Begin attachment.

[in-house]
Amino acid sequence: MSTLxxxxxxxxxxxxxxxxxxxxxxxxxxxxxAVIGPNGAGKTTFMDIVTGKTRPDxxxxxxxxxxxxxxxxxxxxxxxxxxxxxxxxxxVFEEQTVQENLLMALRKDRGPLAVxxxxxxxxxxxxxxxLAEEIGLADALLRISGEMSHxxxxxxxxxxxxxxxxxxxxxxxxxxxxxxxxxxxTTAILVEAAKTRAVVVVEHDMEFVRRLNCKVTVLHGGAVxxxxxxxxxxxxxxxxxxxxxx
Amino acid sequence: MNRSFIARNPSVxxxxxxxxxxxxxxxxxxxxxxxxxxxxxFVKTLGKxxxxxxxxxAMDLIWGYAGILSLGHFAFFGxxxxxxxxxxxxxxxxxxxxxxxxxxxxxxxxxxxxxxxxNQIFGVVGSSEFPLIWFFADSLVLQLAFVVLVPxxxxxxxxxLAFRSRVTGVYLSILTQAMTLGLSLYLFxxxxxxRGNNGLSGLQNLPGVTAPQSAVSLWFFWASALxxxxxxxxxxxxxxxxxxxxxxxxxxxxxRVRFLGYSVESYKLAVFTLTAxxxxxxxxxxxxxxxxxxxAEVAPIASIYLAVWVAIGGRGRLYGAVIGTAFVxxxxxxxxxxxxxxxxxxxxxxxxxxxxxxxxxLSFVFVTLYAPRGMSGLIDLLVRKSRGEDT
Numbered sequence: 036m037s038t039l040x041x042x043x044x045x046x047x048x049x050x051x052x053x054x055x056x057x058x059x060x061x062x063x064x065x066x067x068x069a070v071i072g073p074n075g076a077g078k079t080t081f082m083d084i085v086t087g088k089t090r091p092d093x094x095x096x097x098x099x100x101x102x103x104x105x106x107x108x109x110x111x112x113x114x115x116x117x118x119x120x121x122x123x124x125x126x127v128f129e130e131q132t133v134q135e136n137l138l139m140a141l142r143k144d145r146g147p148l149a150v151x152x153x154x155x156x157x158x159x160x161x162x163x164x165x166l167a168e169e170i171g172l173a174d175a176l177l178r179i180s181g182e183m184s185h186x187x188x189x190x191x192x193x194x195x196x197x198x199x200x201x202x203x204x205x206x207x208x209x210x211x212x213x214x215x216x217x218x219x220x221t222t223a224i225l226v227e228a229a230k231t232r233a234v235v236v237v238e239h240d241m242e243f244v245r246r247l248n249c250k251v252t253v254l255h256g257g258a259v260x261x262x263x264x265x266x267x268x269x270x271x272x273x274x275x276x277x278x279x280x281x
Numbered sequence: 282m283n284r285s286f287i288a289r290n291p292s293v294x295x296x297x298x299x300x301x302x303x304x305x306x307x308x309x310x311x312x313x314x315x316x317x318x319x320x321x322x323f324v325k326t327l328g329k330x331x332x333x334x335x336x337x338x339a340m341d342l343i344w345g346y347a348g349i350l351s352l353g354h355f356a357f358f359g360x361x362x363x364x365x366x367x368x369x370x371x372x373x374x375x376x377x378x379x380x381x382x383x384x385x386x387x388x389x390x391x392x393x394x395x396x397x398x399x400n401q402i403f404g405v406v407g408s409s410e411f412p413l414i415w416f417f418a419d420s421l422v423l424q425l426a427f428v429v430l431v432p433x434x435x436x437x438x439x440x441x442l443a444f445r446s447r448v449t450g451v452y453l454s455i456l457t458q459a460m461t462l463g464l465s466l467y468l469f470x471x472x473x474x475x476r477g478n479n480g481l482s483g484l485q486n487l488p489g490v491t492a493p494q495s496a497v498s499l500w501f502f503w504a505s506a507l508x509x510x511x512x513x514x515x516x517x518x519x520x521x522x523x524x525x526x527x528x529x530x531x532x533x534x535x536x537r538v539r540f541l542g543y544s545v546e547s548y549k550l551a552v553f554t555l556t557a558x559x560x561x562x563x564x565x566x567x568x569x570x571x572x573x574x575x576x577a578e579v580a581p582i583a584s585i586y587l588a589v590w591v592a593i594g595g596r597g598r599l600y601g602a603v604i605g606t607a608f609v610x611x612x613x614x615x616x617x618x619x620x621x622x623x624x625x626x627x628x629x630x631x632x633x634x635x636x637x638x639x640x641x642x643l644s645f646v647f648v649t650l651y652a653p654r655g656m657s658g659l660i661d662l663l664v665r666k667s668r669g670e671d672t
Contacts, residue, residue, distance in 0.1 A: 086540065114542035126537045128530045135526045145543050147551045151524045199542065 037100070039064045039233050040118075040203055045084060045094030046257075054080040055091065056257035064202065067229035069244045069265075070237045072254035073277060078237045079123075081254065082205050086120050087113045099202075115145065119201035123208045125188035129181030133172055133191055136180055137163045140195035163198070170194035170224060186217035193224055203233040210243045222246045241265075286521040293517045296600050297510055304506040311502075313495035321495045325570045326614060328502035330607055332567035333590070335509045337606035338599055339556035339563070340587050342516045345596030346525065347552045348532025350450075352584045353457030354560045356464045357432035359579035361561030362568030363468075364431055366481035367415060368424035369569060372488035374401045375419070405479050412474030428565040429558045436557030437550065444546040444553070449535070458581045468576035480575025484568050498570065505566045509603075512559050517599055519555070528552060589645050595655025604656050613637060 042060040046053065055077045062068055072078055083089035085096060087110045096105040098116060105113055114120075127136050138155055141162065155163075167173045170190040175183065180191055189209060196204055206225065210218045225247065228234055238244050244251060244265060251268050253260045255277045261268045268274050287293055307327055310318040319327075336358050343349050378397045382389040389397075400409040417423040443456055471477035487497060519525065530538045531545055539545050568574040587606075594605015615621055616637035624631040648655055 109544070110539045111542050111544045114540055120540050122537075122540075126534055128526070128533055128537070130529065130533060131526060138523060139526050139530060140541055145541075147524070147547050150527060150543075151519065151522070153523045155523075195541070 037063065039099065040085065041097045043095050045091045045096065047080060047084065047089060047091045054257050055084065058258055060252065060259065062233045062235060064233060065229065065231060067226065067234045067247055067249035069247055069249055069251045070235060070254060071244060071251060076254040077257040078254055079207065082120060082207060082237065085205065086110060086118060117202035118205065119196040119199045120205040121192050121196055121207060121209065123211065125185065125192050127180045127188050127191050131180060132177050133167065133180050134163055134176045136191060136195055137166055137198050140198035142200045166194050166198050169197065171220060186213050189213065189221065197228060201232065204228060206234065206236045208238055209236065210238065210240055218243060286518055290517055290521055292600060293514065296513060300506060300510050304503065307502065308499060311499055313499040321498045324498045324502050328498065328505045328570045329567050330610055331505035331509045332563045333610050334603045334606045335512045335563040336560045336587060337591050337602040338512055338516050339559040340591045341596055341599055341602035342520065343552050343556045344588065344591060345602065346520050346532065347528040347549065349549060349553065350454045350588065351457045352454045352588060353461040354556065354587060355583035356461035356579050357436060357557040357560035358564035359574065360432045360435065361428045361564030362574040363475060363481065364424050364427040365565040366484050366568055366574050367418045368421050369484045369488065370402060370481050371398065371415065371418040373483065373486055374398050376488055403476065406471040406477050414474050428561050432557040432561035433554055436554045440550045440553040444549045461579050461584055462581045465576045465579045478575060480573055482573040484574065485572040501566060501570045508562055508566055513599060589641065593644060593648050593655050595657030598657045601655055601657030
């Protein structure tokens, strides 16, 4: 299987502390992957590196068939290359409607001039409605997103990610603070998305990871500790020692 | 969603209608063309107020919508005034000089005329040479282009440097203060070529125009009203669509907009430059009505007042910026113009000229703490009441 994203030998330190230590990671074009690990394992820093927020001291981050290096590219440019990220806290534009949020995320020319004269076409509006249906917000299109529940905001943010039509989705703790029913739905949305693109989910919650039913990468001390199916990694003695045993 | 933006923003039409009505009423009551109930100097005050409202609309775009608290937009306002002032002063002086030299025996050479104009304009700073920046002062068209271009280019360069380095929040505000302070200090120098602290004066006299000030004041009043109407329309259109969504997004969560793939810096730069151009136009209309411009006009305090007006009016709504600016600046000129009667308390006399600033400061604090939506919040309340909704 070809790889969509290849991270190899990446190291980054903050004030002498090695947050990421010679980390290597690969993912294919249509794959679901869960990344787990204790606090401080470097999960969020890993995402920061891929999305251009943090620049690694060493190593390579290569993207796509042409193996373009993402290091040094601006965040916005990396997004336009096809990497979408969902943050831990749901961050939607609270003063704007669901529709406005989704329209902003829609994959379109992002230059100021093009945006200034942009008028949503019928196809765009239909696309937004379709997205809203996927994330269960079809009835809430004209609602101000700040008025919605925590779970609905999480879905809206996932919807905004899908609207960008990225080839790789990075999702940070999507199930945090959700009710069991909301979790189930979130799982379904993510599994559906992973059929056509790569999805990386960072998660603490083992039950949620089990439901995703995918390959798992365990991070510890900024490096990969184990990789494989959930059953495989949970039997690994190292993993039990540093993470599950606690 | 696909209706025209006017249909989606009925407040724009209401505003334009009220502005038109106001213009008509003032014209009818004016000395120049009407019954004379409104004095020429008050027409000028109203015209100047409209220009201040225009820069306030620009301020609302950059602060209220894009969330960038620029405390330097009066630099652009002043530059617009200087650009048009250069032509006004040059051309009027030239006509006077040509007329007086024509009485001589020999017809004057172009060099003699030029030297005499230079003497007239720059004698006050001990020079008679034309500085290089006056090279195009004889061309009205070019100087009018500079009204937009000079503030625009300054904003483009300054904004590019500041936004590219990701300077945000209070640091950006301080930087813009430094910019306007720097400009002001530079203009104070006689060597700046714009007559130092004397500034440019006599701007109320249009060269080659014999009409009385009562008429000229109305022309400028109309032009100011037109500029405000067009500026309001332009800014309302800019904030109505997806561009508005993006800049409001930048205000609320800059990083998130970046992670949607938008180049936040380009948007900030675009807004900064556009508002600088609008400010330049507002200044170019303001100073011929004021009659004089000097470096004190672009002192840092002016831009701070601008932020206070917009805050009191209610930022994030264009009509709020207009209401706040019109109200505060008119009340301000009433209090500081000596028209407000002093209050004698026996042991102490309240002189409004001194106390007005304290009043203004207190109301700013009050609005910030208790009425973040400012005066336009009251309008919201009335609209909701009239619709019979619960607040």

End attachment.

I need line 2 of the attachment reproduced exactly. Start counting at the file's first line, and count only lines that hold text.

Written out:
Amino acid sequence: MSTLxxxxxxxxxxxxxxxxxxxxxxxxxxxxxAVIGPNGAGKTTFMDIVTGKTRPDxxxxxxxxxxxxxxxxxxxxxxxxxxxxxxxxxxVFEEQTVQENLLMALRKDRGPLAVxxxxxxxxxxxxxxxLAEEIGLADALLRISGEMSHxxxxxxxxxxxxxxxxxxxxxxxxxxxxxxxxxxxTTAILVEAAKTRAVVVVEHDMEFVRRLNCKVTVLHGGAVxxxxxxxxxxxxxxxxxxxxxx